Chris Froome was finally awarded the trophy for the 2011 Vuelta Espana in Madrid on Saturday, over nine years after the race finished.

Froome finished the race in second place that year behind Juan Jose Cobo to secure his first ever Grand Tour podium finish, with Team Sky team-mate Bradley Wiggins in third.

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But in 2019 the UCI announced that the biological passport of Cobo indicated the use of performance-enhancing substances between 2009 and 2011 and the Spaniard was stripped of his title.

Froome was promoted to the overall winner as a result, retrospectively making him Britain’s first ever Grand Tour winner and lifting his individual tally of Grand Tour wins to seven.

Beaming Chris Froome finally receives his trophy for the 2011 Vuelta

Speaking after receiving his trophy ahead of the final stage of the 2020 Vuelta in Madrid, Froome told Eurosport’s Ashley House that it was an extremely special moment for him, particularly given the manner in which he learned about the news in the aftermath of his horror crash at the Criterium Dauphine.

“It’s amazing to finally be given the trophy from the 2011 Vuelta, even more so because of the way I found out that I’d won the Vuelta,” Froome said.

I was lying in ICU, I’d just woken up and they said ‘congratulations you’ve won the 2011 Vuelta’. It was sort of a surreal moment where I almost thought I might be dreaming.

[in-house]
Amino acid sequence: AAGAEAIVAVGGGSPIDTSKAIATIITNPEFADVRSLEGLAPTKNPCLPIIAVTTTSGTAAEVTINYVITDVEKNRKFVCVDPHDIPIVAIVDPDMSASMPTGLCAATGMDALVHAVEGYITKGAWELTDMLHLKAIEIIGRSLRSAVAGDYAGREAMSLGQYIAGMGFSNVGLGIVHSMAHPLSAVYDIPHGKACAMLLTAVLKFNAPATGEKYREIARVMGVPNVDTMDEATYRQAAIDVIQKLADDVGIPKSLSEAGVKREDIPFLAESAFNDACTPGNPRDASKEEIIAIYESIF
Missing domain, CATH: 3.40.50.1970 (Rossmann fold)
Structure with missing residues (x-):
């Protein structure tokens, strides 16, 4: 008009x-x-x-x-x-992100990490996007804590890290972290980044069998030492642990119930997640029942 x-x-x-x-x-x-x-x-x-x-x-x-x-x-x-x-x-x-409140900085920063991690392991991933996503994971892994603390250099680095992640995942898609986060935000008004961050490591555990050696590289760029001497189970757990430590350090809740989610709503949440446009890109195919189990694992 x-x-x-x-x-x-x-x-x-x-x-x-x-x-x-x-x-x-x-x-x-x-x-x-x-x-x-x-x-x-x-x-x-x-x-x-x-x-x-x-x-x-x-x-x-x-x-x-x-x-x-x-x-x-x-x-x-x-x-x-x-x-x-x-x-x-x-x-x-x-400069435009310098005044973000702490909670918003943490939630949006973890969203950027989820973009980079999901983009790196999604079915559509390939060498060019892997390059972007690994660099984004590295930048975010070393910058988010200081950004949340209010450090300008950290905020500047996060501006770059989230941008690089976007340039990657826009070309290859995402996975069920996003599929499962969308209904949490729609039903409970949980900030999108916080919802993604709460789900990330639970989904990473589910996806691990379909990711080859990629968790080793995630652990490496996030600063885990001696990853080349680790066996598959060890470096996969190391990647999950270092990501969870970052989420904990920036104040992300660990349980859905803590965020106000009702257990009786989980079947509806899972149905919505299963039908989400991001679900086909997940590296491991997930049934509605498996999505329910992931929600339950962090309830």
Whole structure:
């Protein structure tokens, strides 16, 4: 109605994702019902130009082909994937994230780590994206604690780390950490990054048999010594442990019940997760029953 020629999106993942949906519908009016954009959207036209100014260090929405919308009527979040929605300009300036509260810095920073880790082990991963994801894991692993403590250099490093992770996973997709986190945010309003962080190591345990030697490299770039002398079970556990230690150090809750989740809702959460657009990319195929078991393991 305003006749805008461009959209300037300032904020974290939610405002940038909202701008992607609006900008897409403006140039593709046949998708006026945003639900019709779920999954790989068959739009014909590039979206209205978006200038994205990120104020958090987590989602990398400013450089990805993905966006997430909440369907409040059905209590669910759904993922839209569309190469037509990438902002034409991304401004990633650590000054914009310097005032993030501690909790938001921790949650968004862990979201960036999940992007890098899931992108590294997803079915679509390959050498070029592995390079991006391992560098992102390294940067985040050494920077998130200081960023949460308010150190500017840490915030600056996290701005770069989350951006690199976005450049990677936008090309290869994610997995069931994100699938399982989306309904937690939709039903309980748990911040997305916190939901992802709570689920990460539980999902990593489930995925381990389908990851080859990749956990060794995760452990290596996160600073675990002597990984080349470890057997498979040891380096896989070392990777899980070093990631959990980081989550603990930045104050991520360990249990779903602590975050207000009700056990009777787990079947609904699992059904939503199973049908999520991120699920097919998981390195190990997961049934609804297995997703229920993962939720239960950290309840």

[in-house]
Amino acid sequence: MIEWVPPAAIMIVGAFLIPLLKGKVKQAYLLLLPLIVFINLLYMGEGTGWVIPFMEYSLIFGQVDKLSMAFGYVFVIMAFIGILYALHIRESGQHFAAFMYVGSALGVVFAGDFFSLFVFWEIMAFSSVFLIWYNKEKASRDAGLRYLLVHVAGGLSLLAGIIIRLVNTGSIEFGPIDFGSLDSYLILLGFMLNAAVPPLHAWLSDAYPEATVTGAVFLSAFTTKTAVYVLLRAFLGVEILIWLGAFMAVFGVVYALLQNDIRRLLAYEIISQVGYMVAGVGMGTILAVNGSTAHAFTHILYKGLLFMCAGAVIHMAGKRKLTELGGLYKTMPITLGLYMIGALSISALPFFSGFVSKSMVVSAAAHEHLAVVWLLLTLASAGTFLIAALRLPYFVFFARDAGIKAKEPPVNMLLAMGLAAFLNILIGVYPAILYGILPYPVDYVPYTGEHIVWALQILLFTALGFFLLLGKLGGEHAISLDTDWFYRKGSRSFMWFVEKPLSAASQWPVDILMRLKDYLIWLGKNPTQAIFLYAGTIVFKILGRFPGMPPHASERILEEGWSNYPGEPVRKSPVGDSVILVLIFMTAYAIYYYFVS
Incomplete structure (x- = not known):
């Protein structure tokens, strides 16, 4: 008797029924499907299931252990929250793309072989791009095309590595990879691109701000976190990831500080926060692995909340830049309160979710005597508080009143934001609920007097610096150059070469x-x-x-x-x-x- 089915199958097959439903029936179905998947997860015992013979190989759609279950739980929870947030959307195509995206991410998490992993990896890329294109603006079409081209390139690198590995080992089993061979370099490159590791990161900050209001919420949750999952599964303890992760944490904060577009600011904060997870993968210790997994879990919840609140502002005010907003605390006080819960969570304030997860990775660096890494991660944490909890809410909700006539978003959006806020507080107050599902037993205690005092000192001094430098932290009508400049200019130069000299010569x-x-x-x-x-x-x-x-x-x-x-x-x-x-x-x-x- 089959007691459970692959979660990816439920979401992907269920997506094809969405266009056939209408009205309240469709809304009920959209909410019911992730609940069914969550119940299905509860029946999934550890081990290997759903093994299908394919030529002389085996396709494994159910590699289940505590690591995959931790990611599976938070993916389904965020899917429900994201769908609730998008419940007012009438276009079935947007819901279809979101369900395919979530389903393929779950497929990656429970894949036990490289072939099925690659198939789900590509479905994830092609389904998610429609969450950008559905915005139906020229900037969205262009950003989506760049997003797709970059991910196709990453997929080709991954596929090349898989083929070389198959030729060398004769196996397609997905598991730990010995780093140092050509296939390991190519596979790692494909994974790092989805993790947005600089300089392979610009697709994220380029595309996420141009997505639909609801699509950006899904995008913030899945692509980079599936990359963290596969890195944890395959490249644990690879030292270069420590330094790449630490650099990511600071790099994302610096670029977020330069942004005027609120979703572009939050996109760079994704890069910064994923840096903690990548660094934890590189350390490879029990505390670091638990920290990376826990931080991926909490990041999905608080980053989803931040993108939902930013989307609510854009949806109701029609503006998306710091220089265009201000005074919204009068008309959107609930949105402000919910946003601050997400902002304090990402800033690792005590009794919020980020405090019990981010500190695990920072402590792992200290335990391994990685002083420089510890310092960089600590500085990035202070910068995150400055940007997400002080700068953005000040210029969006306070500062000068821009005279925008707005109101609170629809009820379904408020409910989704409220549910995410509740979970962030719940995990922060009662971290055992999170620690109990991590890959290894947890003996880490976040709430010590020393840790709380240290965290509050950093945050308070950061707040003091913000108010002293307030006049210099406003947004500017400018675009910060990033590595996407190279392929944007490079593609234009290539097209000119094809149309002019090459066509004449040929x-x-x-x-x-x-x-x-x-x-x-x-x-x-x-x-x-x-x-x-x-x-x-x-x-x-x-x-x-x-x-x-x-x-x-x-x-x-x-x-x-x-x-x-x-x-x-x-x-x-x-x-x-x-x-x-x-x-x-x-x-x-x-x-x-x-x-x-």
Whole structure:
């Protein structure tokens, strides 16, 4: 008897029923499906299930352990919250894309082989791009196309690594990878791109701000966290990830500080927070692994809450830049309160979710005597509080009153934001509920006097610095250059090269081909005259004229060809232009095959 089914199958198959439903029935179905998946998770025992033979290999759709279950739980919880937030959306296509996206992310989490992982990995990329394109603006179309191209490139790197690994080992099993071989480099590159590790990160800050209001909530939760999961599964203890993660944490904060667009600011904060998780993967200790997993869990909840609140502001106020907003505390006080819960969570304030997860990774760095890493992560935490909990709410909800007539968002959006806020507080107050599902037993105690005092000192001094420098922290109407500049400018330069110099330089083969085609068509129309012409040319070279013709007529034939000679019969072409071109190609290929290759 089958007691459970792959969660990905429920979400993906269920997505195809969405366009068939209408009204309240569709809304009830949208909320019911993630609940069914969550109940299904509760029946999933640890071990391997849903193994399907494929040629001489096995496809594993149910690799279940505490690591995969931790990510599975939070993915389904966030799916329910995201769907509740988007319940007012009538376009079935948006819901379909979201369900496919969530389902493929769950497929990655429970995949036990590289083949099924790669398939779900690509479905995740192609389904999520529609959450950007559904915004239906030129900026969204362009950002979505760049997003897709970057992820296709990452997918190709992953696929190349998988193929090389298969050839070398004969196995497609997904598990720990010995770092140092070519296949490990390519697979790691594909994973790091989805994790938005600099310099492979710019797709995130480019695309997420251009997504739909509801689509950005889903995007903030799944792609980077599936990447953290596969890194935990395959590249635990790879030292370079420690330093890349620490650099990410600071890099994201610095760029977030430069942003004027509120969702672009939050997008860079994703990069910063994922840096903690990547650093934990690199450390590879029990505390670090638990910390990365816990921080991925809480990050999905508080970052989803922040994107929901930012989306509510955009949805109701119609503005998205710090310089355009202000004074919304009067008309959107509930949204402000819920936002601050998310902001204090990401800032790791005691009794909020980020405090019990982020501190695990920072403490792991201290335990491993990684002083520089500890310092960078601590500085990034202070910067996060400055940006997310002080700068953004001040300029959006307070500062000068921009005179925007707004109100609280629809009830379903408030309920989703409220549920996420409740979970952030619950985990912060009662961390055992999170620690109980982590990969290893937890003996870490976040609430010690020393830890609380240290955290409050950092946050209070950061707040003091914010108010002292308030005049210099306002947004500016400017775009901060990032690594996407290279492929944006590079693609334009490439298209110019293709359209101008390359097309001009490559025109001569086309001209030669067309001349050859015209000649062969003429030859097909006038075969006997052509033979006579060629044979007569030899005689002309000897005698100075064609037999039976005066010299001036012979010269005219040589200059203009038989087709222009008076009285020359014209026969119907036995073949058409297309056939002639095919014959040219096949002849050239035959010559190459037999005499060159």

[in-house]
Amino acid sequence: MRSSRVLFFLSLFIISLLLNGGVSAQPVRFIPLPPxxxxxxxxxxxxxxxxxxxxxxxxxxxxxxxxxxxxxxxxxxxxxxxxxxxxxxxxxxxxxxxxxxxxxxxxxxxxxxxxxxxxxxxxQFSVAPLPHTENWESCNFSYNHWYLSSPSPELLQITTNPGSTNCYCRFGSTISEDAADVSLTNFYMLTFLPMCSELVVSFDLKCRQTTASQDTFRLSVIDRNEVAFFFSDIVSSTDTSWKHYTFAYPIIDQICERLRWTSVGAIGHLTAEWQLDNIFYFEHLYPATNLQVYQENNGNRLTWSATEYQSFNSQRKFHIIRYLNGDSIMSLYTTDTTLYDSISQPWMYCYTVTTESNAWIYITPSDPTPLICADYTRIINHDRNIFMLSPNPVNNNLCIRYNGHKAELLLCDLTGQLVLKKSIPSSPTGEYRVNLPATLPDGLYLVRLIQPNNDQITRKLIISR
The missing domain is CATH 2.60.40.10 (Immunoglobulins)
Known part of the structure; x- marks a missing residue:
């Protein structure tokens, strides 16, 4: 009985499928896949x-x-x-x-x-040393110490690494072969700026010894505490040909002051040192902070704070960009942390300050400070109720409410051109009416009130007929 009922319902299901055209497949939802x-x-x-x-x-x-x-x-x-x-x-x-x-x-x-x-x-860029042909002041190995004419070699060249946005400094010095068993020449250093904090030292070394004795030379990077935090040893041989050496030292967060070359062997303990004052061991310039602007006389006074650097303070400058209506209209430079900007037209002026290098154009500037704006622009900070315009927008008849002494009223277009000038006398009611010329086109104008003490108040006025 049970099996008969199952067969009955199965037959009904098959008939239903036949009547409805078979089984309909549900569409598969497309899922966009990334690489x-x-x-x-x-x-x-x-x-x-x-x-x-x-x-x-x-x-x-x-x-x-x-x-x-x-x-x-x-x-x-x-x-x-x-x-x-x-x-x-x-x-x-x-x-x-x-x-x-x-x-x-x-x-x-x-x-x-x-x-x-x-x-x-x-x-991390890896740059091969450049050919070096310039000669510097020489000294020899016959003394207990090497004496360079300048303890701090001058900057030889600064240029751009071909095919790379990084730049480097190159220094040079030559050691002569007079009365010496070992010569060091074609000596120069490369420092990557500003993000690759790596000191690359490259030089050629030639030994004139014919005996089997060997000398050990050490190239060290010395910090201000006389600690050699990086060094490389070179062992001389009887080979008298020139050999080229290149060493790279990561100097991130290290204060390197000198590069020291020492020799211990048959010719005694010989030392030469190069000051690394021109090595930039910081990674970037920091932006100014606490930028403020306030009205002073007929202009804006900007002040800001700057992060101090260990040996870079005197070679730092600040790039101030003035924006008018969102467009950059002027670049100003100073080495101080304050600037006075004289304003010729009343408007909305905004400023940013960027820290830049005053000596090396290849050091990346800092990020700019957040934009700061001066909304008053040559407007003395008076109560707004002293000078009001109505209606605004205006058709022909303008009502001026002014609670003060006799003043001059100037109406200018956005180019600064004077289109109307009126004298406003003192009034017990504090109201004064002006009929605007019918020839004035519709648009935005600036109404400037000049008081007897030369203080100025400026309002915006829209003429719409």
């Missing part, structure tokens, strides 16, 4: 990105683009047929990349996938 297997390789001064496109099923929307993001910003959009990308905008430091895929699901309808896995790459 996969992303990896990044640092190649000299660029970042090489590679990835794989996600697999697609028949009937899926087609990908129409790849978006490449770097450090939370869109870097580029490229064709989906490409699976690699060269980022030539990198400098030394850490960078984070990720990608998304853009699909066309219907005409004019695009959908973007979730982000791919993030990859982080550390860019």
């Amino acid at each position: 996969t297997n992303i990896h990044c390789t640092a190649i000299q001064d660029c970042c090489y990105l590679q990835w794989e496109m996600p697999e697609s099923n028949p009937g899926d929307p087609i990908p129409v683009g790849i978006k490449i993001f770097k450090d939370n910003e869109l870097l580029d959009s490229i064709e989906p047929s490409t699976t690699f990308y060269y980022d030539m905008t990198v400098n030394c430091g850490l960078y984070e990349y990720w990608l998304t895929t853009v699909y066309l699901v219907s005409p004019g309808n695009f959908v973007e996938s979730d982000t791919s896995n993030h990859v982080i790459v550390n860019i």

“It’s incredible to be given that trophy now and to be awarded that Vuelta.

Froome - 'The 2011 Vuelta was hugely significant for me, to be given the trophy now is incredible'

“That race for me was a really significant turning point in my career. It was the first time I won a Grand Tour and it was the first time I really had that confidence to ride as a GC rider and then go on to target the Tour de France and more Grand Tours I guess from that win.

“Coming into that Vuelta I was given the job to try and stay with Bradley in the mountains, and I can remember doing that job and helping him in the mountains. I was pulling when I needed to pull, but I felt comfortable doing it.

“Those feelings gave me the confidence and made me start thinking, ‘hold on, you can do this as well’. That was the first time I really started believing in myself as a contender.”

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